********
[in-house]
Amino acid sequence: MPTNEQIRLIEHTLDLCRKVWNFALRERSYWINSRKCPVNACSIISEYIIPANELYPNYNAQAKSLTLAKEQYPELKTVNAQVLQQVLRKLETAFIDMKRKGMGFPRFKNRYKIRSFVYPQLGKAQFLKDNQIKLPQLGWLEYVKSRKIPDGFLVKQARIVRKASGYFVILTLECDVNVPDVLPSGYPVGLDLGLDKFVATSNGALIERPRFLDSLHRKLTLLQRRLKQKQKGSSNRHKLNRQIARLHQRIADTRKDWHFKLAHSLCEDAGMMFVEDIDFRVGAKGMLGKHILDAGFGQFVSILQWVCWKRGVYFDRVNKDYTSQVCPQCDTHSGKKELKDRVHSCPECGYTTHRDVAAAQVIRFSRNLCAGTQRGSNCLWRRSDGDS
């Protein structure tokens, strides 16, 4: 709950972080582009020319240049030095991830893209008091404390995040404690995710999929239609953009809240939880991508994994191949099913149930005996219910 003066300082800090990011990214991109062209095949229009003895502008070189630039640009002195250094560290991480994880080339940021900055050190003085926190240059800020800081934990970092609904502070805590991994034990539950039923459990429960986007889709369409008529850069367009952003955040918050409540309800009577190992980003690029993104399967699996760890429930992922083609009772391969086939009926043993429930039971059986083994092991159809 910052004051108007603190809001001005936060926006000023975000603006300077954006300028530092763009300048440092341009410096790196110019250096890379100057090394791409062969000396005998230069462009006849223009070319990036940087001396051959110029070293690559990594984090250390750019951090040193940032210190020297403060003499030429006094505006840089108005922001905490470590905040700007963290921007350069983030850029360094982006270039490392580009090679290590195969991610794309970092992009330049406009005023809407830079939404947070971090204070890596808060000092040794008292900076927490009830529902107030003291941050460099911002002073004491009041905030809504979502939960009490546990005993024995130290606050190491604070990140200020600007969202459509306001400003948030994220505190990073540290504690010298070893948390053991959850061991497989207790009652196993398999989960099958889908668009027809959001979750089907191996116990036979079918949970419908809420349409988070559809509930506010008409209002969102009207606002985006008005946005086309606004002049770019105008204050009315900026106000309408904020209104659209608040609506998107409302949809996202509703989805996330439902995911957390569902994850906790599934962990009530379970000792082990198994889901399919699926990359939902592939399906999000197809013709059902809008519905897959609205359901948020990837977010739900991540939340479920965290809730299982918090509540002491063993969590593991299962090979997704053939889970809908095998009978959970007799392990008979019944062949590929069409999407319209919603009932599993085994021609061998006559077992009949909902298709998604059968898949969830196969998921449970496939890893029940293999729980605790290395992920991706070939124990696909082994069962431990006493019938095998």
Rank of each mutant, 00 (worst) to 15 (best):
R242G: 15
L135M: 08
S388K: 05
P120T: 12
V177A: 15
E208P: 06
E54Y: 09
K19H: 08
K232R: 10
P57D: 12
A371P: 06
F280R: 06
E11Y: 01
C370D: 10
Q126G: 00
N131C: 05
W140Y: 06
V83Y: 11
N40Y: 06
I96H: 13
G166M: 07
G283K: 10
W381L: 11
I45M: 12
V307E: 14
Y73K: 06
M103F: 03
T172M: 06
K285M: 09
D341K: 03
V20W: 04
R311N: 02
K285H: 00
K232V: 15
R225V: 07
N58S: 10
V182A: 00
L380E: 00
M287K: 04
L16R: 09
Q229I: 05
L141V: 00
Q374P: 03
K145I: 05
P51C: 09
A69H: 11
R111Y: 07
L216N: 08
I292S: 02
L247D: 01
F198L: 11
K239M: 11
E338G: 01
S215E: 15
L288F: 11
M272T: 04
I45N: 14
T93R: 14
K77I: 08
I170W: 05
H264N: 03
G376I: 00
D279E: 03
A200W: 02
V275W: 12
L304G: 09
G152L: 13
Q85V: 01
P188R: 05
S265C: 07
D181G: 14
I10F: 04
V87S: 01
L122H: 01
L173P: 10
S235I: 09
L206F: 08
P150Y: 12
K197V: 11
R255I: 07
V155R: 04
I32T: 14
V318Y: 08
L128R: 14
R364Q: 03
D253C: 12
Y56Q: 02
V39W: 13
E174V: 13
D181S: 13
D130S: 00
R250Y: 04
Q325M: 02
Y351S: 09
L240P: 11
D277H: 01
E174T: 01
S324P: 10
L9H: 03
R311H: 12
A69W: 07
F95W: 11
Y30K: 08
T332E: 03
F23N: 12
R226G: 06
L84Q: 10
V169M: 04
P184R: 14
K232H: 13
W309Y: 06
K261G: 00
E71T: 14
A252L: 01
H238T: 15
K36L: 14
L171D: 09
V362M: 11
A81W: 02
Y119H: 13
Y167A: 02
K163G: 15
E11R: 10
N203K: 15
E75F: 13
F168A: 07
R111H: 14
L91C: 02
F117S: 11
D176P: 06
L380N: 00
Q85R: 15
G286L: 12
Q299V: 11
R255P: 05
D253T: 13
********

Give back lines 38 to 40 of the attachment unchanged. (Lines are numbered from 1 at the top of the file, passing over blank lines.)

K232V: 15
R225V: 07
N58S: 10